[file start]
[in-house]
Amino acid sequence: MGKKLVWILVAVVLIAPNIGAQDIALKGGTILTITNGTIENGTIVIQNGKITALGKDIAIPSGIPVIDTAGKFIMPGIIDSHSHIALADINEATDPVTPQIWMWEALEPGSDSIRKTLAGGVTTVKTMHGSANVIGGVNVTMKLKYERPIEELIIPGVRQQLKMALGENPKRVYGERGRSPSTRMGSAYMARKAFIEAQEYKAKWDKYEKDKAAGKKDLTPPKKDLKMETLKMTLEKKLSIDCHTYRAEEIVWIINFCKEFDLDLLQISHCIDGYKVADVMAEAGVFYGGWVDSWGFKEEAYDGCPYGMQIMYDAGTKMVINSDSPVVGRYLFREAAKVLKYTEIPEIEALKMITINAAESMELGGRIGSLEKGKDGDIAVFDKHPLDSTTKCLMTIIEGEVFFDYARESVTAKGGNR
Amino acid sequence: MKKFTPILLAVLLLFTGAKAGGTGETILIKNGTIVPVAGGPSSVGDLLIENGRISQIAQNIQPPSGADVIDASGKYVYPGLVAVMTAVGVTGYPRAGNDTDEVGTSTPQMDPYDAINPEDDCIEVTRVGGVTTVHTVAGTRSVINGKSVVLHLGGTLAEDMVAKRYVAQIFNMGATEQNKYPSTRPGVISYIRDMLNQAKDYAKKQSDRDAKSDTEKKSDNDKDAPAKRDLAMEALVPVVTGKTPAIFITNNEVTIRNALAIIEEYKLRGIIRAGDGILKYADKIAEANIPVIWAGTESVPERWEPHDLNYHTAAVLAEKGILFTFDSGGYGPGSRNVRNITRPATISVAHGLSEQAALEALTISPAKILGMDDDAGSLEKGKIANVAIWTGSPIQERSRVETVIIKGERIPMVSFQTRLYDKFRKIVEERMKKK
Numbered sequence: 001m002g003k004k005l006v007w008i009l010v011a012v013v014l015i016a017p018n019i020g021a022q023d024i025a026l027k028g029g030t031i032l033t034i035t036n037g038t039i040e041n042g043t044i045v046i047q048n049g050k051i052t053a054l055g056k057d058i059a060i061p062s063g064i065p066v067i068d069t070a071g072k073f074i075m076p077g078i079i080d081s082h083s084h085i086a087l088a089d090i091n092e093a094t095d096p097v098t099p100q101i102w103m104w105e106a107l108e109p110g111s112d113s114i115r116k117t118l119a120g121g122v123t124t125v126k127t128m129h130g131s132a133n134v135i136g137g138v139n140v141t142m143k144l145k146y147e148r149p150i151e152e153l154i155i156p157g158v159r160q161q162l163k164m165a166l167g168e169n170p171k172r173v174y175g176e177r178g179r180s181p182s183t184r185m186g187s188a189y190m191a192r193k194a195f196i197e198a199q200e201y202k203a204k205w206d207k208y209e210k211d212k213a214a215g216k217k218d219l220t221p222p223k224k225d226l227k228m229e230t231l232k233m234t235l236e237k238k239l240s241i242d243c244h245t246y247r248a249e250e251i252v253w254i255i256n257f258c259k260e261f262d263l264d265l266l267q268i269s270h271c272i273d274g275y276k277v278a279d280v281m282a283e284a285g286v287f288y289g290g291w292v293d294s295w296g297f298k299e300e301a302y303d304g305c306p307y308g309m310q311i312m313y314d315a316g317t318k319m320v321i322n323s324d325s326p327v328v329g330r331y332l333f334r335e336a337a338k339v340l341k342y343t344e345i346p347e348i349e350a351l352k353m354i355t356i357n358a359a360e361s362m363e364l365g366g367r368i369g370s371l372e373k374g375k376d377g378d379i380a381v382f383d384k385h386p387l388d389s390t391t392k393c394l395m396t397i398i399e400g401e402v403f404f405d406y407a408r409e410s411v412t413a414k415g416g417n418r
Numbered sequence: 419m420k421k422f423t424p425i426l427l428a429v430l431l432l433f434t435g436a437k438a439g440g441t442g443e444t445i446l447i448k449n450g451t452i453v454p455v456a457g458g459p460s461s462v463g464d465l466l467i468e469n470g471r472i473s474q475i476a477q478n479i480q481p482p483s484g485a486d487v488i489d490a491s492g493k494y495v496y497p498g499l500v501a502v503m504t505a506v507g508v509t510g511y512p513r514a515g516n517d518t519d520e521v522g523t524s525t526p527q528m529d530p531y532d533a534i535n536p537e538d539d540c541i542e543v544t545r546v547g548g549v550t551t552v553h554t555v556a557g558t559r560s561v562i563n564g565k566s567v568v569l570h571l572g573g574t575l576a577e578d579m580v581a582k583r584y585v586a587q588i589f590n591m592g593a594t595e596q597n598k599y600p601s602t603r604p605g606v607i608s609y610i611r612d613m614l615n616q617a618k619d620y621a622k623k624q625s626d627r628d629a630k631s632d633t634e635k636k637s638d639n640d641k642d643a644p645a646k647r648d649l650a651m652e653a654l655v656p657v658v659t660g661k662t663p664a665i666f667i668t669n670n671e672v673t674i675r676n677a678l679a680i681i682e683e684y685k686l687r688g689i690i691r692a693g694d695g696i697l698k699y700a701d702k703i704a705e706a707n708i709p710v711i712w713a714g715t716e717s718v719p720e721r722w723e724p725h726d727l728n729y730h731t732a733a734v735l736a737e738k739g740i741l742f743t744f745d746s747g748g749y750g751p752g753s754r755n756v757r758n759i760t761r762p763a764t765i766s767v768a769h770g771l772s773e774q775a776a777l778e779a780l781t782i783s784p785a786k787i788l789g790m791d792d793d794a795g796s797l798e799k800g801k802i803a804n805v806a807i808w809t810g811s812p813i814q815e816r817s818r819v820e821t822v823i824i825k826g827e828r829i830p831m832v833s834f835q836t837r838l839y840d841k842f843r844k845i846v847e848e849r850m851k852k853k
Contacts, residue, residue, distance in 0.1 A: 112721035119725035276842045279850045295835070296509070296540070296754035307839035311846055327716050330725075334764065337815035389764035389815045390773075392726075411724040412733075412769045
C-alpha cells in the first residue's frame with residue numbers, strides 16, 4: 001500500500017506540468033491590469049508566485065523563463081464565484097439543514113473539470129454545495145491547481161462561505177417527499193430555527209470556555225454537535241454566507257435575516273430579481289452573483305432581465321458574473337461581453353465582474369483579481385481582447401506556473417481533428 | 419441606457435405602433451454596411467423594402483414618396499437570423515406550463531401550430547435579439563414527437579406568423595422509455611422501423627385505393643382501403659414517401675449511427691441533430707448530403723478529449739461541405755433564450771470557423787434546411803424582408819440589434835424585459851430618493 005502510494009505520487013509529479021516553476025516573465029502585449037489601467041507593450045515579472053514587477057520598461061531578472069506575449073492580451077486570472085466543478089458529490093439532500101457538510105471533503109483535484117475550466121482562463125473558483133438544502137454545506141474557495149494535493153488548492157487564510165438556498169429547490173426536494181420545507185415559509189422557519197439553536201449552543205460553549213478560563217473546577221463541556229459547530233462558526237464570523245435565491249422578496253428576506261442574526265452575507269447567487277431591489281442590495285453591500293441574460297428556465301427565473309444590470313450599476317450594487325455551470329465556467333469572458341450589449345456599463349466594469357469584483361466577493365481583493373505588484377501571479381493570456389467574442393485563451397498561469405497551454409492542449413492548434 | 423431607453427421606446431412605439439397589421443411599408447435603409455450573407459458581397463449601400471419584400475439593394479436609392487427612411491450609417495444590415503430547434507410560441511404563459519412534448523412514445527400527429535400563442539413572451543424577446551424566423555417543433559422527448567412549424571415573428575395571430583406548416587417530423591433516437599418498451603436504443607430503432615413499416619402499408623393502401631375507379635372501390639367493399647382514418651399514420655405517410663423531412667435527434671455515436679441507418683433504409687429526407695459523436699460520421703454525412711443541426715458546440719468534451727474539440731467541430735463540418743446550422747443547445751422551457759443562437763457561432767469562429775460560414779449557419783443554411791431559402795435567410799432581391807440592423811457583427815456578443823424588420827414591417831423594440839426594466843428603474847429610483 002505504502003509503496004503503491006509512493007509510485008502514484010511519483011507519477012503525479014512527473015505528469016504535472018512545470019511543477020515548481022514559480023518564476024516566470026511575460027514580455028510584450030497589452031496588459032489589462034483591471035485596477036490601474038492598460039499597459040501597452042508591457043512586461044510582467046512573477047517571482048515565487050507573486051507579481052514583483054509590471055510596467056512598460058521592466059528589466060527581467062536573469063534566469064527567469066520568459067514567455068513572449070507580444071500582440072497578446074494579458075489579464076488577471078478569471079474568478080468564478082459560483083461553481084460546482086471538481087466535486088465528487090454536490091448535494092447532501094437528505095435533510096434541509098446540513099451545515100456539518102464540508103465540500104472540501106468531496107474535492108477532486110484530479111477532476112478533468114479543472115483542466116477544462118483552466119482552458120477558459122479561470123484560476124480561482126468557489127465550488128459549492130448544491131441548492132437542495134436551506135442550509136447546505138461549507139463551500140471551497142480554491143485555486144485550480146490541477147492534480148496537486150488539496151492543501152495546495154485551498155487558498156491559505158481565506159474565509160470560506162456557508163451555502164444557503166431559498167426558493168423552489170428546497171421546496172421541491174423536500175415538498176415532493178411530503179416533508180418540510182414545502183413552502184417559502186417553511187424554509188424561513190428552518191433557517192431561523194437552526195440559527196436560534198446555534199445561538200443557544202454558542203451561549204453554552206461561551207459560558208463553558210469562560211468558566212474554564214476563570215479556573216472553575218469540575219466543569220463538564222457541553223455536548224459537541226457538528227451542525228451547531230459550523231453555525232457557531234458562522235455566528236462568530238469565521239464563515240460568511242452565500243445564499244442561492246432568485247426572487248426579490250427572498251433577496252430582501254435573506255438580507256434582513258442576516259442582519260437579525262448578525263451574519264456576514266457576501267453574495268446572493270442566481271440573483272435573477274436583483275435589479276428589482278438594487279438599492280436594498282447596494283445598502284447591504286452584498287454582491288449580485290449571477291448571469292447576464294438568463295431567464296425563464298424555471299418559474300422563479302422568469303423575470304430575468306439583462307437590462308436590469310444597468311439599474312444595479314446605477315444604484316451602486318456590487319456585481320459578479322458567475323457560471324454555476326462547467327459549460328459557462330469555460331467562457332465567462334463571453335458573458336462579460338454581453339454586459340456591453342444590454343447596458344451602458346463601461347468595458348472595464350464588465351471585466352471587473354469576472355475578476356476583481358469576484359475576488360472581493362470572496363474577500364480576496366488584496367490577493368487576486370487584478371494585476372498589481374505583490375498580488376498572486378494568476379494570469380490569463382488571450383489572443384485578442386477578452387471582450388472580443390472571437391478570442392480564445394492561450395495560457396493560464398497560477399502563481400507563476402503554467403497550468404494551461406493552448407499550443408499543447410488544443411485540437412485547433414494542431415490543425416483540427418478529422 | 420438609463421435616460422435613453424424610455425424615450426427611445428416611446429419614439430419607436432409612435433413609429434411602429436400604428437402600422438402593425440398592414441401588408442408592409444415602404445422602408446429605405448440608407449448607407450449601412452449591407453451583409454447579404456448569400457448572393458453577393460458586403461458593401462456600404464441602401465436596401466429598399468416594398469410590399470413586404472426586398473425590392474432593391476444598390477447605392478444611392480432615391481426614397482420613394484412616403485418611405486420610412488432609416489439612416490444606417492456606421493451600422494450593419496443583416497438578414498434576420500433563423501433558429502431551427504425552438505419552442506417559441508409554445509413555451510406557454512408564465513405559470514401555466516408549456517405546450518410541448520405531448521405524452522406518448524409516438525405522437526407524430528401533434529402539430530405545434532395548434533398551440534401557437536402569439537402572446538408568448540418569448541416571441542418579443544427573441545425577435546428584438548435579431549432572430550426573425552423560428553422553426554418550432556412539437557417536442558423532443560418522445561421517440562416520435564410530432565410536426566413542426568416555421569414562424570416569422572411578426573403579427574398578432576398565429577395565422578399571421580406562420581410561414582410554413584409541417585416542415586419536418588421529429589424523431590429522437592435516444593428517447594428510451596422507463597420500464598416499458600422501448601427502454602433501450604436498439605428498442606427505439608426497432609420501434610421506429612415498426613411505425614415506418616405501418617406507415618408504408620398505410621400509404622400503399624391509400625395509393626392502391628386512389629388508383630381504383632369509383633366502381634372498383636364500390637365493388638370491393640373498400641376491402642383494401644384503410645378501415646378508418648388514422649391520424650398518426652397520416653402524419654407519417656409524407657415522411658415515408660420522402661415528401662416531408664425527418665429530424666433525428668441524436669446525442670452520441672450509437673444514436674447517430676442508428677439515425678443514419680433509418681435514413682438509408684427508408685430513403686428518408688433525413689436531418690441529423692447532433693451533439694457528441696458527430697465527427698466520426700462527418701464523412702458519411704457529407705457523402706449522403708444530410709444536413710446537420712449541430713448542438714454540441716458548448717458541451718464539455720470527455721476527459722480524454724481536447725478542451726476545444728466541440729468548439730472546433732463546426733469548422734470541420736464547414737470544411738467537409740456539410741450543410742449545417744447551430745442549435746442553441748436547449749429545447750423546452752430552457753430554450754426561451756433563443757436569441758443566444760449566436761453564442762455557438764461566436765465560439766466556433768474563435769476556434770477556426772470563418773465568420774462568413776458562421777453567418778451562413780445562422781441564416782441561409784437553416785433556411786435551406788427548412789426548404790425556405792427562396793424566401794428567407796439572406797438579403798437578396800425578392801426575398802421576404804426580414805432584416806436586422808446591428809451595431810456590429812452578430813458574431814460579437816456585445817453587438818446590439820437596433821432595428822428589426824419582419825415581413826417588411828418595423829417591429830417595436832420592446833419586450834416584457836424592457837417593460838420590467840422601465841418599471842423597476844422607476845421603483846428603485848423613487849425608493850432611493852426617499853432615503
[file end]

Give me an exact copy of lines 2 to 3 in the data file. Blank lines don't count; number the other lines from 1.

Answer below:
Amino acid sequence: MGKKLVWILVAVVLIAPNIGAQDIALKGGTILTITNGTIENGTIVIQNGKITALGKDIAIPSGIPVIDTAGKFIMPGIIDSHSHIALADINEATDPVTPQIWMWEALEPGSDSIRKTLAGGVTTVKTMHGSANVIGGVNVTMKLKYERPIEELIIPGVRQQLKMALGENPKRVYGERGRSPSTRMGSAYMARKAFIEAQEYKAKWDKYEKDKAAGKKDLTPPKKDLKMETLKMTLEKKLSIDCHTYRAEEIVWIINFCKEFDLDLLQISHCIDGYKVADVMAEAGVFYGGWVDSWGFKEEAYDGCPYGMQIMYDAGTKMVINSDSPVVGRYLFREAAKVLKYTEIPEIEALKMITINAAESMELGGRIGSLEKGKDGDIAVFDKHPLDSTTKCLMTIIEGEVFFDYARESVTAKGGNR
Amino acid sequence: MKKFTPILLAVLLLFTGAKAGGTGETILIKNGTIVPVAGGPSSVGDLLIENGRISQIAQNIQPPSGADVIDASGKYVYPGLVAVMTAVGVTGYPRAGNDTDEVGTSTPQMDPYDAINPEDDCIEVTRVGGVTTVHTVAGTRSVINGKSVVLHLGGTLAEDMVAKRYVAQIFNMGATEQNKYPSTRPGVISYIRDMLNQAKDYAKKQSDRDAKSDTEKKSDNDKDAPAKRDLAMEALVPVVTGKTPAIFITNNEVTIRNALAIIEEYKLRGIIRAGDGILKYADKIAEANIPVIWAGTESVPERWEPHDLNYHTAAVLAEKGILFTFDSGGYGPGSRNVRNITRPATISVAHGLSEQAALEALTISPAKILGMDDDAGSLEKGKIANVAIWTGSPIQERSRVETVIIKGERIPMVSFQTRLYDKFRKIVEERMKKK